Kenya: Reporter John Ngarichu released, but concerns remain over arrest

Kenya: Reporter John Ngarichu released, but concerns remain over arrest - Media

A local freelance photographer argues with a policeman after tear gas was fired towards a group of journalists and ODM supporters to try to prevent a rally organised by the opposition Orange Democratic Movement (ODM) in Uhuru park. The ODM were protesting against disputed election results which had kept them out of power.

ARTICLE 19 is deeply concerned over the recent detention of Nation Media Group (NMG)’s parliamentary affairs correspondent, John Ngarichu, regarding a published story of alleged corruption in the Interior Ministry.

Cabinet Secretary of Interior, Joseph Nkaissery, accused the journalist of publishing “private information”, and alleged that the story “exposed Kenya’s security forces to significant risk” ; he ordered the detention of Ngarichu until he revealed his sources. Other media outlets were summoned in relation to the same issue.

The journalist was released on Tuesday evening, but the arrest and subsequent statements made by the Cabinet Secretary threaten to limit legitimate discussion on matters of public concern, such as corruption. In ARTICLE 19’s most recent report on freedom of expression in Kenya, corruption was the most dangerous topic for journalists to cover, followed by protest, and security.

“A free press depends on the free flow of information from the media to the people and from the people to the media,” commented Henry Maina, ARTICLE 19 Eastern Africa Regional Director, “Naturally, journalists depend on non-journalists for the supply of information on issues of public interest, including rampant corruption and impunity. These ‘sources’ often come forward with secret or sensitive information, relying upon the reporter to convey it to the people in order to expose matters of concern to the nation.”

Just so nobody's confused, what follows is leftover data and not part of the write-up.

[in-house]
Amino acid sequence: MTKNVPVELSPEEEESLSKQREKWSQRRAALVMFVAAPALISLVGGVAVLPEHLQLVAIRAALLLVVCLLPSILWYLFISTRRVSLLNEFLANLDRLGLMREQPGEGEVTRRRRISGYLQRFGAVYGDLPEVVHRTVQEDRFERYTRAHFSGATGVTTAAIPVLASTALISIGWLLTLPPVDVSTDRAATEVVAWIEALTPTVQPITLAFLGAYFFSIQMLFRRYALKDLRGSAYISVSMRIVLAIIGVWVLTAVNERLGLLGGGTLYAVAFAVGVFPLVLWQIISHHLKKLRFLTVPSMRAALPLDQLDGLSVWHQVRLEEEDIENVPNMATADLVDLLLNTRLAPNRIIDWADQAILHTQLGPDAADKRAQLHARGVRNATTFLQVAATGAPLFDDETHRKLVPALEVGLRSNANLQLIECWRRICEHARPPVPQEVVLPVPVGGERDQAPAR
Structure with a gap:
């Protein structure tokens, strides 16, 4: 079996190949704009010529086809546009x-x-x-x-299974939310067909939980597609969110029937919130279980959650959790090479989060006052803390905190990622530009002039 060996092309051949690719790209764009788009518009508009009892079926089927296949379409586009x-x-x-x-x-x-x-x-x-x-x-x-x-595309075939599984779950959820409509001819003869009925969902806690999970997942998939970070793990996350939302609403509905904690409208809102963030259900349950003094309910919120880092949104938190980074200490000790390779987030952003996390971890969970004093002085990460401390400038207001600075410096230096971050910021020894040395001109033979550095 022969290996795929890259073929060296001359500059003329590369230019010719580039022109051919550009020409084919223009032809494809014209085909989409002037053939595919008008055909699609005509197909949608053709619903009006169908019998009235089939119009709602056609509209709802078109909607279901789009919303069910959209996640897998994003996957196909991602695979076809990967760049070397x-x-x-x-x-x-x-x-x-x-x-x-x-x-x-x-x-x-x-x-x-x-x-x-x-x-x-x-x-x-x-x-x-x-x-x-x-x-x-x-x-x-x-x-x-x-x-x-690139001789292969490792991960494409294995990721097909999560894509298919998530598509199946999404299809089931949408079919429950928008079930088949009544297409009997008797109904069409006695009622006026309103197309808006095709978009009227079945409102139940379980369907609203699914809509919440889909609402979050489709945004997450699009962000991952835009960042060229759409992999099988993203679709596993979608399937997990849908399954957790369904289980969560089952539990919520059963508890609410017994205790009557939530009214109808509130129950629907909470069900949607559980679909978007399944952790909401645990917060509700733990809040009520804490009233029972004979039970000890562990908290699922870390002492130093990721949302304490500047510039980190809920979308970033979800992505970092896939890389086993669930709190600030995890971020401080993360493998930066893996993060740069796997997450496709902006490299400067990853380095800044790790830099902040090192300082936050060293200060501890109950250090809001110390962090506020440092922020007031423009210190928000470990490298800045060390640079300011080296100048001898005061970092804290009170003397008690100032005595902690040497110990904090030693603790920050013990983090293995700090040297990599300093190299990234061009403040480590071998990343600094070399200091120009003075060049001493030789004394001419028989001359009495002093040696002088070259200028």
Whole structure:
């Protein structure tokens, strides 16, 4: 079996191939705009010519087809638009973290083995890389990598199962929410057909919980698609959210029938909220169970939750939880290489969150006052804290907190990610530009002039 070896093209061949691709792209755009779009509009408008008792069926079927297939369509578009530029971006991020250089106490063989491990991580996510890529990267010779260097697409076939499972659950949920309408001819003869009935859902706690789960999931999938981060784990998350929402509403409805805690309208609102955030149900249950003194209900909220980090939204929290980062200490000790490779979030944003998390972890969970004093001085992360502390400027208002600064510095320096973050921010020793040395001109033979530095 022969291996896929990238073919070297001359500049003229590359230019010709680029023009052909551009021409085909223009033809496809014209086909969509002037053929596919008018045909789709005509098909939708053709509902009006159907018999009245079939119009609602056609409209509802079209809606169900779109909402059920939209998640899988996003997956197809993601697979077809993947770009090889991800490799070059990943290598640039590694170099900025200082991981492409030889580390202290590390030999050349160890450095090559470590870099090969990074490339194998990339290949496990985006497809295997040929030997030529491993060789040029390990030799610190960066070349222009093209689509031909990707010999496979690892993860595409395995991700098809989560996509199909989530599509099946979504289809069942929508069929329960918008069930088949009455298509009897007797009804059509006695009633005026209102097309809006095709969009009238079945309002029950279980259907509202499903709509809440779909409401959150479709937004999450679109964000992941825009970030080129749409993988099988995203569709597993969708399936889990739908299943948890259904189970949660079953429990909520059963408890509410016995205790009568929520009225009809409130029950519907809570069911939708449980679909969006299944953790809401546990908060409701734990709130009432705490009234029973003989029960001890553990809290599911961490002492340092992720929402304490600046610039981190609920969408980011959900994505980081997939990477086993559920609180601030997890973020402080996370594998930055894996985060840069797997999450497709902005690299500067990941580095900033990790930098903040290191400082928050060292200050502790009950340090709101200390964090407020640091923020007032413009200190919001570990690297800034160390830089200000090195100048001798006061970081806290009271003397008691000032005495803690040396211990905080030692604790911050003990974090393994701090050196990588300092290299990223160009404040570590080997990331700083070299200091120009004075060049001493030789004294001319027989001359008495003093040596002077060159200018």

Anonymity is often the precondition for the source’s willingness to speak because of fear of retaliation if their names are made public. Journalists have the right to protect the confidentiality of their sources, and the nature of the information passed to them in confidence. In fact, journalists in Kenya are bound, by professional ethical codes, to maintain the confidentiality of their sources.

Articles 24, 33, 34 and 35 of the Kenyan Constitution protect Kenyans’ right to freedom of expression, freeom of media, and right to information, and sets out situations where these rights may be limited. Every limitation must be provided by law (i.e. not on the whim of a public official), it must meet a legitimate aim, and must be be necessary.

National security has long been used by the government to suppress the free flow of information and ideas. National security restrictions are often impermissibly vague, or respond to statements which pose only a hypothetical risk of harm, making these restrictions ideal instruments to prevent the publication or discussion of unpopular ideas, or criticism of government.

ARTICLE 19 reiterates that the detention of journalist John Ngarichu, and Nkaissery’s statements, are unconstitutional and send a clearly threatening message to the media in the wake of several local  media articles which have reported on rampant corruption in the Kenyan government.